The warm summer days in Fukuoka do not suit the active life of a two-year-old who wants to be out playing all day. It is a long wait for him between the morning outing (sometimes we go to the community center in the mornings, sometimes to the local shopping mall, if the sun is behind the clouds we take the bike to the sea) and the evening exercise; whenever possible we stay away from the midday sun.
Lately our little family always go out in the early evening and enjoy the cooler beautifully tasting air that coincides with the setting sun. When we started our evening routine, I imagined my wife and I walking the country side roads, our son jumping around and when getting tired enjoying a ride home on his little three wheeled scooter. How wrong was I; the first few times we brought the scooter and he not once wanted to use it. Instead another pattern soon emerged, to my great surprise. If someone had told me that a two-year-old would be running more or less nonstop for more than two kilometers I would not really believe it, but that is what our routine has become – a daily evening run.
We start down the slope from our house – our son tells his mom and dad bye bye so that we give him free space to run at top speed down the hill; we try to give him as much space as we can while also keeping his speed in check – full speed ahead and I do not really want to think about what would happen if he falls or cannot stop when the road turns sharply. We run past the little playground and our son takes us up a narrow lane where there usually are a few trucks parked in the evening. A brief stop to look at the trucks before heading down towards the bypass and all the cars and buses and the occasional emergency vehicle that gets our son very excited.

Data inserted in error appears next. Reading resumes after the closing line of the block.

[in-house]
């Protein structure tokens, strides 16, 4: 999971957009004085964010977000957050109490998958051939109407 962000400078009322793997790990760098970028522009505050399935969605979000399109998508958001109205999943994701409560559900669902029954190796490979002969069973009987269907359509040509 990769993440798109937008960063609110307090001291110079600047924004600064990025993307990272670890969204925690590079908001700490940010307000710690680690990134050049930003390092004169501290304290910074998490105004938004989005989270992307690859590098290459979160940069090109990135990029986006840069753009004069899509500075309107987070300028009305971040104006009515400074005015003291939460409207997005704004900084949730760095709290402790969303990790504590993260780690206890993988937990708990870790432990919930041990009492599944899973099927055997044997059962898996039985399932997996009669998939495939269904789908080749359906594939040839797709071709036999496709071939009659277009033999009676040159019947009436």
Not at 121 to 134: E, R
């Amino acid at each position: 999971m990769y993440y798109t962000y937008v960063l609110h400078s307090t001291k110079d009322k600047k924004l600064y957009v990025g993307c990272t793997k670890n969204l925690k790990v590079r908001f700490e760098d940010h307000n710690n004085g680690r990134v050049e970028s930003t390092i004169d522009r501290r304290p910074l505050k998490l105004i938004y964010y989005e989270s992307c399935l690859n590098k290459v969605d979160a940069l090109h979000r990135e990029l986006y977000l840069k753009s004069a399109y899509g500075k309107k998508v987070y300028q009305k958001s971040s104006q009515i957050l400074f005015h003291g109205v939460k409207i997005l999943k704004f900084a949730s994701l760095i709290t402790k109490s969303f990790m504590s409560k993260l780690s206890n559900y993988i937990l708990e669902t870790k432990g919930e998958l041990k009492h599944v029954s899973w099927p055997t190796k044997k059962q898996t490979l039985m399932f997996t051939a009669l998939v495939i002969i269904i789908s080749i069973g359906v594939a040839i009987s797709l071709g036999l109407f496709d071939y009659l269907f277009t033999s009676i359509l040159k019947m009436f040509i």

We always try to avoid going to the convenience store, konbini in Japanese, much to our son’s disappointment who wants to have juice instead of the water we bring, but just past the konbini there is an elevated pedestrian crossing that our son finds lots of joy in climbing and descending. Then we head south and make our way home through little countryside lanes with old houses and rice fields and beautiful nature. Sometimes we end the day with a little play in the playground, sometimes he enjoys a sip of water on a pile of stones that he calls his staircase.
It truly has become a beautiful summer routine that I regret will soon vanish as the days are getting shorter and the sunset will coincide with the end of my wife’s workday. Maybe it will be just our son and me that continue this tradition in the autumn, or who knows – maybe something even more fun will turn up. Being together with our son, it has a habit to.
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